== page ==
12 July 2016

Some picks from NAACL 2016

Usual caveats: didn't see all talks, didn't read all papers, there's lot of good stuff at NAACL that isn't listed here! That said, here are some papers I particularly liked at NAACL, with some comments. Please add comments with papers you liked!

Automatic Summarization of Student Course Feedback by Luo, Liu, Liu and Litman.

Anyone who has taught has suffered the following dilemma. You ask students for feedback throughout the course, and you have to provide free text because if you could anticipate their problems, you'd have addressed them already. But now you have hundreds of responses that you can't quickly read through. This paper provides a dataset of such responses, together with summaries that you actually have time to read through. The approach is a reasonably standard ILP formulation, with some additional machinery to deal with the fact that the data is very sparse. The idea is to essentially induce a "bigram similarity" as part of the summarization problem. I like this paper because the problem is great (I think NLP should really push in the direction of helping learners learn and teachers teach!), the dataset is nice (if a bit small) and the approach makes sense. And they actually do a human evaluation, even for a short paper! Hooray!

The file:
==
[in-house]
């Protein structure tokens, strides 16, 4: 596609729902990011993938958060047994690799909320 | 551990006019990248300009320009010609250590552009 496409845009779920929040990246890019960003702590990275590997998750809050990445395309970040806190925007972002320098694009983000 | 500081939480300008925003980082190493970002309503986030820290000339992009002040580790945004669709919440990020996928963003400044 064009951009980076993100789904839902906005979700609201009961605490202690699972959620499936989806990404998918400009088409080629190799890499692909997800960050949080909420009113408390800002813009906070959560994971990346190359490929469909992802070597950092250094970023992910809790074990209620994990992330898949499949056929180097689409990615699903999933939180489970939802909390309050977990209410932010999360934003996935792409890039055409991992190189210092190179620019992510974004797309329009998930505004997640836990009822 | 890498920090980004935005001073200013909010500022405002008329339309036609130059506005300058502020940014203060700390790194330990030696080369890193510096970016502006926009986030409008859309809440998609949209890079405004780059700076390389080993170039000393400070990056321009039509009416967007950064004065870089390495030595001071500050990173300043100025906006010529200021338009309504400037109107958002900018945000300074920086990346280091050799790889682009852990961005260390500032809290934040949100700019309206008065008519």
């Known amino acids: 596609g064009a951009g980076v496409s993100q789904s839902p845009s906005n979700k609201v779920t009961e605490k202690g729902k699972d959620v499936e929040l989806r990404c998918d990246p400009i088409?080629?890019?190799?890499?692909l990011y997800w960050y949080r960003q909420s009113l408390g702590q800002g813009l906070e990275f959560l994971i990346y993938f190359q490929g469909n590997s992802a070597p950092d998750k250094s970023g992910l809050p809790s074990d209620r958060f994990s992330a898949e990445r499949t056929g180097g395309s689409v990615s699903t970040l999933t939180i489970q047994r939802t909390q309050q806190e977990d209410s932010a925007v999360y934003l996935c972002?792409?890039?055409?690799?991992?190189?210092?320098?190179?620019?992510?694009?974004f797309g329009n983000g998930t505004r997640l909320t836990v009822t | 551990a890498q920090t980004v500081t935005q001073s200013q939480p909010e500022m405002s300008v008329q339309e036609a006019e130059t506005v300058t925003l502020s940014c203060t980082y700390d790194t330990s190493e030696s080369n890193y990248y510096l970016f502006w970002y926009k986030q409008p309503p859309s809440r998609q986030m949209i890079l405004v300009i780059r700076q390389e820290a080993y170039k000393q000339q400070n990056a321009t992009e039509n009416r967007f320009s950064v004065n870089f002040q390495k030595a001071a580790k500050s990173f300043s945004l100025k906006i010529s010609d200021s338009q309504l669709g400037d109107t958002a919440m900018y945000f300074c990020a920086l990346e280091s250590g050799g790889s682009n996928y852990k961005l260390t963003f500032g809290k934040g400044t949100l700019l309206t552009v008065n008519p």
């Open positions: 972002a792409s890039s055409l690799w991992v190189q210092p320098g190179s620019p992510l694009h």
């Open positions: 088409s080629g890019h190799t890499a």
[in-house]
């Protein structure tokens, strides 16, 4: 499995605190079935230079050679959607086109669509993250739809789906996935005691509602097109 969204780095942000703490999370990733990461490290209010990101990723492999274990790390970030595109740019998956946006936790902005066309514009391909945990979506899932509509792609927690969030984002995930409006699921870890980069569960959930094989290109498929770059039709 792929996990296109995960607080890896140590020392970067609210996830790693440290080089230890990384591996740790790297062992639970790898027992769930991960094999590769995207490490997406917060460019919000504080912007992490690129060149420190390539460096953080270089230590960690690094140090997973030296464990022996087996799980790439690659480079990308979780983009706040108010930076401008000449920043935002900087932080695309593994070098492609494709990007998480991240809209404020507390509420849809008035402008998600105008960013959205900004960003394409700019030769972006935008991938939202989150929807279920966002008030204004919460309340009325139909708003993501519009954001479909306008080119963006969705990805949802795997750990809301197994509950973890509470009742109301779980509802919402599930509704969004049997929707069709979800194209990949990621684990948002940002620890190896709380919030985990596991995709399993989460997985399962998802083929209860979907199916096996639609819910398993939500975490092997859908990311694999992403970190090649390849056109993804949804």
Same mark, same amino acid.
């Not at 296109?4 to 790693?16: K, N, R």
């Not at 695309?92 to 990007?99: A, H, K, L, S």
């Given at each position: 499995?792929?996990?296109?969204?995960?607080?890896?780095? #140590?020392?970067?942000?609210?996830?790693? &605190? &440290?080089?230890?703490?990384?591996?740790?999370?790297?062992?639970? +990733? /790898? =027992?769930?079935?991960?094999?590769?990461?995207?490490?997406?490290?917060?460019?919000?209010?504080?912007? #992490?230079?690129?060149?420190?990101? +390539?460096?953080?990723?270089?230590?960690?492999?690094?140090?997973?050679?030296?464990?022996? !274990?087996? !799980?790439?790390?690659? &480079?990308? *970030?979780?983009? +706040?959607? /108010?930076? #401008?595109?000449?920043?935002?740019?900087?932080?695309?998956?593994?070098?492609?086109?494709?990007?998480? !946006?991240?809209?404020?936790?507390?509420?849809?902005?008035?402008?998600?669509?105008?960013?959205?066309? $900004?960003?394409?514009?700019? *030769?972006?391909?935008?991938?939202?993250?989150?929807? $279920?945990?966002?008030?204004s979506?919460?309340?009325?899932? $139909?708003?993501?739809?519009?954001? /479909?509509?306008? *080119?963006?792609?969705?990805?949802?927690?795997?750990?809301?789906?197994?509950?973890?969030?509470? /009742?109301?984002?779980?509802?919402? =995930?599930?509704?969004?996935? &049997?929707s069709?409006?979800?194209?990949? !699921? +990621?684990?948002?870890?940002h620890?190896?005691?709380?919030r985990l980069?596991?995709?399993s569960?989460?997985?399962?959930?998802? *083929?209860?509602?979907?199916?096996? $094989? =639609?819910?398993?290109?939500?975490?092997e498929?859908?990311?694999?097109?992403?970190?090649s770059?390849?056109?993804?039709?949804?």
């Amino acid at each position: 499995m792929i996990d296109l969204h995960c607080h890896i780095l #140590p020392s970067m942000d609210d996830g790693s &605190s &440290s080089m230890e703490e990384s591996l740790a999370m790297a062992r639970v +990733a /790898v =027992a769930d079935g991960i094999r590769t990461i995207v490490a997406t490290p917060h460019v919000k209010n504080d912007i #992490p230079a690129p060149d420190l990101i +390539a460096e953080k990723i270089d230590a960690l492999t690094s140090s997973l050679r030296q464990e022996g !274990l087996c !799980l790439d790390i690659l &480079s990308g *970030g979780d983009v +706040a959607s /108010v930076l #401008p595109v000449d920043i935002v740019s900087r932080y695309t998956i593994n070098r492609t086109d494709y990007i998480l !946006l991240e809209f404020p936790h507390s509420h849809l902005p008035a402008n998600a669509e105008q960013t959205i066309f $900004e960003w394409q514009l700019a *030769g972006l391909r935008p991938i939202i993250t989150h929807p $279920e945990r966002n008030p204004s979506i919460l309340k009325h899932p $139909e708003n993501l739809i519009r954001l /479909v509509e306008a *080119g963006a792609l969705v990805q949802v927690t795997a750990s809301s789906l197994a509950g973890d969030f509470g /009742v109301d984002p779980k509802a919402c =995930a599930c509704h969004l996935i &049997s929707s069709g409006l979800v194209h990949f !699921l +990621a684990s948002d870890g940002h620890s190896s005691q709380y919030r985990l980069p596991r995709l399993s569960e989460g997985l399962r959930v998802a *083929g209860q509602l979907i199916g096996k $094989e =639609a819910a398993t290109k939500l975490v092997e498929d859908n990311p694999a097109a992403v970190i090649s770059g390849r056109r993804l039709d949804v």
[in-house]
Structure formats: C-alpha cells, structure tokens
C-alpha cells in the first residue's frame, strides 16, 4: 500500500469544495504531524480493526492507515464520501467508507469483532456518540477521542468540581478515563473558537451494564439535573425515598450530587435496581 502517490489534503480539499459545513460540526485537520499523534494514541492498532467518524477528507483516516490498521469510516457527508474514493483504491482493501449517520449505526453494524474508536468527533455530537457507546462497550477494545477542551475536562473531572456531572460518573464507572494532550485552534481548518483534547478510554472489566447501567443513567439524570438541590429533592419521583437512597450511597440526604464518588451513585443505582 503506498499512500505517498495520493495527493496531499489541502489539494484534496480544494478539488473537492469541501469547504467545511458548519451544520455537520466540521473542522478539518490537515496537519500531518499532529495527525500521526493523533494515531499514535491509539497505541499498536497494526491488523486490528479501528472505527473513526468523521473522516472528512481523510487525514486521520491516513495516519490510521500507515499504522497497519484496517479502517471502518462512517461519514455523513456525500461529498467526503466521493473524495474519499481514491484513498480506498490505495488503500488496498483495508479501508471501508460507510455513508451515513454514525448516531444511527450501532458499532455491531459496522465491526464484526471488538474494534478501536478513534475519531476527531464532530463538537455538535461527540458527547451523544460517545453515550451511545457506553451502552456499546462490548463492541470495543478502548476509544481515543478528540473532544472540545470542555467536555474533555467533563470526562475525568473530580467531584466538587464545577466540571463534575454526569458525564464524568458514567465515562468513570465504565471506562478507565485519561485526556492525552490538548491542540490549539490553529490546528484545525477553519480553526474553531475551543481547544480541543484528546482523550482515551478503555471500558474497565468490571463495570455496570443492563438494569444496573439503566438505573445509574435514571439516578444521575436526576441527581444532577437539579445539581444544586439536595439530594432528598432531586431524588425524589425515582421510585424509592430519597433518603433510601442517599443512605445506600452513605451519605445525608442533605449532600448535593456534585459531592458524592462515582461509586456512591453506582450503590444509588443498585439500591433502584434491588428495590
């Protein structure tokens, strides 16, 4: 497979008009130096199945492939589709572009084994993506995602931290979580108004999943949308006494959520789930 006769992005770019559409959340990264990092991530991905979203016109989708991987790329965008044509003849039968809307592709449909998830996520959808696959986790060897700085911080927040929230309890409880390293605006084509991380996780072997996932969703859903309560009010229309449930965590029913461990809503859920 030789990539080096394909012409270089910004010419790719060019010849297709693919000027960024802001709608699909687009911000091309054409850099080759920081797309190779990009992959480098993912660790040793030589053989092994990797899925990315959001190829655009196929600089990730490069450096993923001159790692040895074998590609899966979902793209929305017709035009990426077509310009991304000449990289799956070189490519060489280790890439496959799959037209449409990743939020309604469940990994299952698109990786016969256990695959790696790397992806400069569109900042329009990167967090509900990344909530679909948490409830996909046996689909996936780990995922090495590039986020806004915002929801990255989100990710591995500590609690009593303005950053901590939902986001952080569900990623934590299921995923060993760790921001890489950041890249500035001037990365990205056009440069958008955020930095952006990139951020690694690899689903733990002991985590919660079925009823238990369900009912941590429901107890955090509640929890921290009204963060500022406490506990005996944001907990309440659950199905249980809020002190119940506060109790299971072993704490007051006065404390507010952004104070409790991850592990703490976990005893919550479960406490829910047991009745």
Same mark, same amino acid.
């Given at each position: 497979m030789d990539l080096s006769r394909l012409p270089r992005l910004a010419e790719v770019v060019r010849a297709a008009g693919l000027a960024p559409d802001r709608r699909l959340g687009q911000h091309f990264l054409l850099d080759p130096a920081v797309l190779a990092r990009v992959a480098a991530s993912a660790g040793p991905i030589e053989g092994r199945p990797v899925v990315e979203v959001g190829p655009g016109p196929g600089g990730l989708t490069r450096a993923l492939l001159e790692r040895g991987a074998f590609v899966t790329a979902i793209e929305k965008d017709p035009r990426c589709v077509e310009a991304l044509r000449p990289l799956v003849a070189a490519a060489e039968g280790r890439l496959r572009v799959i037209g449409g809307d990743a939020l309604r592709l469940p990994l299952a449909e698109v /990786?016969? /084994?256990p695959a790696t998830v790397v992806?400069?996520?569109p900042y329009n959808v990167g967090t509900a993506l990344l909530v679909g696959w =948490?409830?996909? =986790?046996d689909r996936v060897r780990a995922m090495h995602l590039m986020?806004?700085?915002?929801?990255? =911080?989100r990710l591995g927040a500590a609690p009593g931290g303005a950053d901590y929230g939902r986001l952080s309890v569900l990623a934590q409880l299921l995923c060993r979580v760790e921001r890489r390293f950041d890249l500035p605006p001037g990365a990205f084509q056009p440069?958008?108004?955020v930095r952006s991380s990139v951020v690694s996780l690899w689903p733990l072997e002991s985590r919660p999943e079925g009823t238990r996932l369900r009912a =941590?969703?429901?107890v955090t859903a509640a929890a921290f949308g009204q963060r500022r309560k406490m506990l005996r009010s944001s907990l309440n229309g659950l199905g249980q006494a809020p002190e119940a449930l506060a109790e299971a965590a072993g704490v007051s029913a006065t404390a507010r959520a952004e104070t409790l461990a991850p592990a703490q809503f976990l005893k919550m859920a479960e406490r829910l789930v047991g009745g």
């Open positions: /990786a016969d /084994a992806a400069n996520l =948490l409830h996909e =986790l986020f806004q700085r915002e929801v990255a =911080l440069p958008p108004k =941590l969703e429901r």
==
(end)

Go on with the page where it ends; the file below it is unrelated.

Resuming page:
A Latent Variable Recurrent Neural Network for Discourse Relation Language Models by Ji, Haffari and Eisenstein.